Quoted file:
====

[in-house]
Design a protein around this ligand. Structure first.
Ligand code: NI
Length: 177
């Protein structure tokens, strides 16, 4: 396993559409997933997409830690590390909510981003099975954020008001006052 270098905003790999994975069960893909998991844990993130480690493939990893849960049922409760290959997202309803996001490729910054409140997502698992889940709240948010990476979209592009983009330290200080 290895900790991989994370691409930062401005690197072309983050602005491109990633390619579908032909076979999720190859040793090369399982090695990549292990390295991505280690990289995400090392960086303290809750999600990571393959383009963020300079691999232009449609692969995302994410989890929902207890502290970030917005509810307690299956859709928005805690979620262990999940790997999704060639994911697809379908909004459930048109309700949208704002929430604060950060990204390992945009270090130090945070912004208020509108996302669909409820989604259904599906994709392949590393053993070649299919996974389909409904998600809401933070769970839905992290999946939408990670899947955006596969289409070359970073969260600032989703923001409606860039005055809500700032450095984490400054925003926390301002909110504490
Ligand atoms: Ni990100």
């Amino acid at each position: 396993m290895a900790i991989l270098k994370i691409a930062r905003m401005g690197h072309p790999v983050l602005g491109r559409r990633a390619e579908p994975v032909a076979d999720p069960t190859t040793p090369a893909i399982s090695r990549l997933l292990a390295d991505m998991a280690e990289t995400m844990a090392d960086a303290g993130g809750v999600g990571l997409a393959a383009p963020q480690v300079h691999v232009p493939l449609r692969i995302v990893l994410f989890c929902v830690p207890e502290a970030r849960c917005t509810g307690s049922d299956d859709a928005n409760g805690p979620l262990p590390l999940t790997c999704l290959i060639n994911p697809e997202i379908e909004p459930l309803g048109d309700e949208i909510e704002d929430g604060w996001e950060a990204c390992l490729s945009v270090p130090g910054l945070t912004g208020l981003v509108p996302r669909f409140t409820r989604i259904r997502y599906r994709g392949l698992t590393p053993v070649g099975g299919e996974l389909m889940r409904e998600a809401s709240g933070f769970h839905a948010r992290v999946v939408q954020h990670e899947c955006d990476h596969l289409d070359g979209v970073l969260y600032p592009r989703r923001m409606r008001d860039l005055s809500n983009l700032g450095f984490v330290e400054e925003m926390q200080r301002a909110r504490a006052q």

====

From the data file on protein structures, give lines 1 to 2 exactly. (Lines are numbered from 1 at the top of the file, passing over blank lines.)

[in-house]
Design a protein around this ligand. Structure first.